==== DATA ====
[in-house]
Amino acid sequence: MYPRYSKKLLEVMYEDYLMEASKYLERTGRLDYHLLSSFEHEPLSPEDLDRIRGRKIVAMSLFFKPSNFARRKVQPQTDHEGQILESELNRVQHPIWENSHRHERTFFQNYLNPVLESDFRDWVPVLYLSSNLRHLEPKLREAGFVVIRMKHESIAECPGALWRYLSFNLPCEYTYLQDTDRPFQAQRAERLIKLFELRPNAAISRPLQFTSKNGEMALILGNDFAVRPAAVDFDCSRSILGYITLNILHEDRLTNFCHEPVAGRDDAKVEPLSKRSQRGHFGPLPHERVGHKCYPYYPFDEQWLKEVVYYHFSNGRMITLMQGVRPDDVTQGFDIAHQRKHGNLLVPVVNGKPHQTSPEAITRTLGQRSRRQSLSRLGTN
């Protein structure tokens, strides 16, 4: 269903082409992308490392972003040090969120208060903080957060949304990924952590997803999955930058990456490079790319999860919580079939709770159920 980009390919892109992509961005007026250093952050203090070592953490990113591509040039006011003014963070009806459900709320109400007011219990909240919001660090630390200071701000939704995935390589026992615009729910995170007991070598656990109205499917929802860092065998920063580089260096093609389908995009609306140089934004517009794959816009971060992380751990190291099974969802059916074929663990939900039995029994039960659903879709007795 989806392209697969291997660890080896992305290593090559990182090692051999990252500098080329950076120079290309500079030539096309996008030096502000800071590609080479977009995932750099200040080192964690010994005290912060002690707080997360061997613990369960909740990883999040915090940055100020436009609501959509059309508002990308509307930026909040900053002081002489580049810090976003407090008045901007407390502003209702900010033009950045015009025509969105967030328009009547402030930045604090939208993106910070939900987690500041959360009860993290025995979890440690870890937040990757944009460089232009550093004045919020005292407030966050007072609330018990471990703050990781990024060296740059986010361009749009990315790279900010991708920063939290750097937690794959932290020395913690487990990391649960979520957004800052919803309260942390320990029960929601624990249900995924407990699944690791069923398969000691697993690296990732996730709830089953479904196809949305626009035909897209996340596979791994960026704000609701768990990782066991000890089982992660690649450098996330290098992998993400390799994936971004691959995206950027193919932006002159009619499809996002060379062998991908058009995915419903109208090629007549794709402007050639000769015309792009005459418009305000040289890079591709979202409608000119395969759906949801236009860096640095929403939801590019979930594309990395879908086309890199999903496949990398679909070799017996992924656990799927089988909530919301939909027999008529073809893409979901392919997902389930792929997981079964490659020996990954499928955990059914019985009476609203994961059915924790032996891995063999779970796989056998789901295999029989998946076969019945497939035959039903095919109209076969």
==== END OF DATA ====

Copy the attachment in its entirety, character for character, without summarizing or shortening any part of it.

[in-house]
Amino acid sequence: MYPRYSKKLLEVMYEDYLMEASKYLERTGRLDYHLLSSFEHEPLSPEDLDRIRGRKIVAMSLFFKPSNFARRKVQPQTDHEGQILESELNRVQHPIWENSHRHERTFFQNYLNPVLESDFRDWVPVLYLSSNLRHLEPKLREAGFVVIRMKHESIAECPGALWRYLSFNLPCEYTYLQDTDRPFQAQRAERLIKLFELRPNAAISRPLQFTSKNGEMALILGNDFAVRPAAVDFDCSRSILGYITLNILHEDRLTNFCHEPVAGRDDAKVEPLSKRSQRGHFGPLPHERVGHKCYPYYPFDEQWLKEVVYYHFSNGRMITLMQGVRPDDVTQGFDIAHQRKHGNLLVPVVNGKPHQTSPEAITRTLGQRSRRQSLSRLGTN
């Protein structure tokens, strides 16, 4: 269903082409992308490392972003040090969120208060903080957060949304990924952590997803999955930058990456490079790319999860919580079939709770159920 980009390919892109992509961005007026250093952050203090070592953490990113591509040039006011003014963070009806459900709320109400007011219990909240919001660090630390200071701000939704995935390589026992615009729910995170007991070598656990109205499917929802860092065998920063580089260096093609389908995009609306140089934004517009794959816009971060992380751990190291099974969802059916074929663990939900039995029994039960659903879709007795 989806392209697969291997660890080896992305290593090559990182090692051999990252500098080329950076120079290309500079030539096309996008030096502000800071590609080479977009995932750099200040080192964690010994005290912060002690707080997360061997613990369960909740990883999040915090940055100020436009609501959509059309508002990308509307930026909040900053002081002489580049810090976003407090008045901007407390502003209702900010033009950045015009025509969105967030328009009547402030930045604090939208993106910070939900987690500041959360009860993290025995979890440690870890937040990757944009460089232009550093004045919020005292407030966050007072609330018990471990703050990781990024060296740059986010361009749009990315790279900010991708920063939290750097937690794959932290020395913690487990990391649960979520957004800052919803309260942390320990029960929601624990249900995924407990699944690791069923398969000691697993690296990732996730709830089953479904196809949305626009035909897209996340596979791994960026704000609701768990990782066991000890089982992660690649450098996330290098992998993400390799994936971004691959995206950027193919932006002159009619499809996002060379062998991908058009995915419903109208090629007549794709402007050639000769015309792009005459418009305000040289890079591709979202409608000119395969759906949801236009860096640095929403939801590019979930594309990395879908086309890199999903496949990398679909070799017996992924656990799927089988909530919301939909027999008529073809893409979901392919997902389930792929997981079964490659020996990954499928955990059914019985009476609203994961059915924790032996891995063999779970796989056998789901295999029989998946076969019945497939035959039903095919109209076969």